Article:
Only three of us survive. We are waiting for the ships. I don't know what our fate will be, don't dare predict. It happened so fast. The sliding door of the airlock opened sending my heart into warp drive. Oh Lord. The hound from hell. Lu Mare, our captain and the station's ecologist, tossed her helmet to the deck and opened her arms. From one of the passageways in the Martian station, a big yellow puppy galloped up. It stood on its hind quarters trying to grab her face with its paws. She ruffled the dog's fur and planted a big kiss on the top of his head while I cringed.
"What's the matter, Jordan? Nostradamus is just a pup. He can't hurt you."
I showed Nostradamus a trembling hand, and instead of sniffing it, he dived into my face.
I shuddered, lied. "I'm fine. Is David here?"
"He's out collecting samples, but he'll be back for chow."
I had just arrived from the Agaricus II one of the biospheres orbiting Mars. Lu Mare had picked me up at the landing and brought me to the Ranunculus. It was not a large station, but it was home for the next six months. It was constructed like a torpedo or a submarine, and like a submarine, it had only one entrance.
Lu pointed to a door. "You're bunking with me, so the cube's empty. I've got to complete some reports, but if you want some company—" Her eyes flew briefly to Nostradamus before returning to mine. I shook my head quickly and entered the cube.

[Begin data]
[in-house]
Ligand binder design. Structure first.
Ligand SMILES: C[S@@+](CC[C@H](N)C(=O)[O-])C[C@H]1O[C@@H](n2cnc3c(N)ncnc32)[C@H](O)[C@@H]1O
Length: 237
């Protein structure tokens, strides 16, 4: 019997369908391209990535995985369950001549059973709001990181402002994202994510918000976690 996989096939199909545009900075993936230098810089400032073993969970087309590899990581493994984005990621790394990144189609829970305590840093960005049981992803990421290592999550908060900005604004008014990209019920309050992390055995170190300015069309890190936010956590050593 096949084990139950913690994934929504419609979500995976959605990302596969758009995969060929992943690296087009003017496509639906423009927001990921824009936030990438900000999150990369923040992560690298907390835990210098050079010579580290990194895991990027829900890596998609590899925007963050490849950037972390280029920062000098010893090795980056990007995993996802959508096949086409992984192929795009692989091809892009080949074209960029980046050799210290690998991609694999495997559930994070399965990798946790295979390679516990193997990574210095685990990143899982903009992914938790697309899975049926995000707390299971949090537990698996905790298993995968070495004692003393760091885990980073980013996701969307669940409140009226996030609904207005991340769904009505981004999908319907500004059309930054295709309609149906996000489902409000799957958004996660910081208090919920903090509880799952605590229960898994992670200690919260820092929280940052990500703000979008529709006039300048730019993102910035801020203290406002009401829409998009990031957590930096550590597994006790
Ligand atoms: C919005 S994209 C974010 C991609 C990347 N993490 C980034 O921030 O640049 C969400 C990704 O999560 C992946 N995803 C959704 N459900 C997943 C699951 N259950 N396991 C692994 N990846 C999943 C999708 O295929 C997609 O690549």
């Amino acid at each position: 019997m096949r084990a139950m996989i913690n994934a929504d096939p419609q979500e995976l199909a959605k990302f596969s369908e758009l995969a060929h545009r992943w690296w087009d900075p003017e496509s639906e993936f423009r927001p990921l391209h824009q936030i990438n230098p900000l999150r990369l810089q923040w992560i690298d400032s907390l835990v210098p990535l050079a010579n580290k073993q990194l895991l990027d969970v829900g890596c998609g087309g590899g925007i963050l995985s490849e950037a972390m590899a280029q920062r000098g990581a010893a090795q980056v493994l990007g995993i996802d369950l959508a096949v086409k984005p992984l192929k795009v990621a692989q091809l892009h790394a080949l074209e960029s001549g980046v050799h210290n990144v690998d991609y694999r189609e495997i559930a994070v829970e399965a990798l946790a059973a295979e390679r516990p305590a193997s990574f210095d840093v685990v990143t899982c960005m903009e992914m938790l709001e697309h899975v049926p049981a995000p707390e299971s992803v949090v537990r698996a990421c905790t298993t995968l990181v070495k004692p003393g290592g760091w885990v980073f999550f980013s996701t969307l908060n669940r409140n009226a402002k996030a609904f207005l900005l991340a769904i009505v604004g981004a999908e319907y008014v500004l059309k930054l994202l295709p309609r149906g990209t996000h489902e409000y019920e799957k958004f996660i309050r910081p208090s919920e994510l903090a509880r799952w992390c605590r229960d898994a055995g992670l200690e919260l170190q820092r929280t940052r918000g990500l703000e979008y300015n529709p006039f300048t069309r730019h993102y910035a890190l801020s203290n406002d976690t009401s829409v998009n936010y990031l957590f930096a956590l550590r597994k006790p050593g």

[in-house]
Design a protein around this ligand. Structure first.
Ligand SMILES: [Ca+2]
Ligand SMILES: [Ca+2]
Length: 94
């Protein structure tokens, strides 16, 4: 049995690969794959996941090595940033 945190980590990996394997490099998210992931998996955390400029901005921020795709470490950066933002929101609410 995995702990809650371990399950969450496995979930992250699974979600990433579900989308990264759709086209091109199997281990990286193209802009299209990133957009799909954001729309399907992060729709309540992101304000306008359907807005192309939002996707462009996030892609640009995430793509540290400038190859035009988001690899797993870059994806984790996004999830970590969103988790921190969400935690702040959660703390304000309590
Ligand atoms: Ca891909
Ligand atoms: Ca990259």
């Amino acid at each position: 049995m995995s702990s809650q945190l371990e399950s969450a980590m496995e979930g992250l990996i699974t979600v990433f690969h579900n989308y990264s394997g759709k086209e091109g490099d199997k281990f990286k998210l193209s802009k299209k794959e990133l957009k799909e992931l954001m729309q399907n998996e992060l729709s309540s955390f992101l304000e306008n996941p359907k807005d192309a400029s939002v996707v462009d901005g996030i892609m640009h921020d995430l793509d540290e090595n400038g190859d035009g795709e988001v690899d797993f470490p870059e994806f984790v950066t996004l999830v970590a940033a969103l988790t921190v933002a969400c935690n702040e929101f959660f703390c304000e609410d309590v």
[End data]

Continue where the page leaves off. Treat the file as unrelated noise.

Outside the only porthole, Olympus Mons rose above the Tharsis plains. In the nearby sea, squat columnar stromatolites, pink, green and blue jutted out of the backwash. Waves sloshed and sucked, heaved up and out, and splashed the coral and sulphur sand mottling the shore. Dust swirled, burst, as a hovercraft scuttled by. Two faint moons showed above the settling dust, and somewhere beyond that . . . was Earth.
David and I were lovers on Earth. I will never forget the dark look on his face the last time I saw him. The growl, the terrified voice. David jerking his head up from the tray of green slime that was meant for the simulator. My own voice screaming. I remember seeing him through the window of the lab as he shoved the glass tray into the simulator. He had left the hatch open and come outside, approached the snarling boxer, held its collar, then let go, and put an arm around me and walked me indoors.
A snarl had come from behind us. His boxer skulked in. David went for its collar, too late. The dog lunged at me. As I dodged its snapping jaws, it catapulted into the simulator and I slammed the hatch shut. In my panic to get away, I tripped onto the console, switching it on. The dog convulsed, its eyes bulged, and its blood boiled. Then the body of David Wang's boxer crumpled in the simulated Martian air.
Nauseated at the memory, I forced my attention back to the porthole. Accidents happened. That sea and that sky. Stromatolites on Mars. That was why I was here, and why Mars, given enough time, would look like Earth...
The complete story can be read here at Author's Den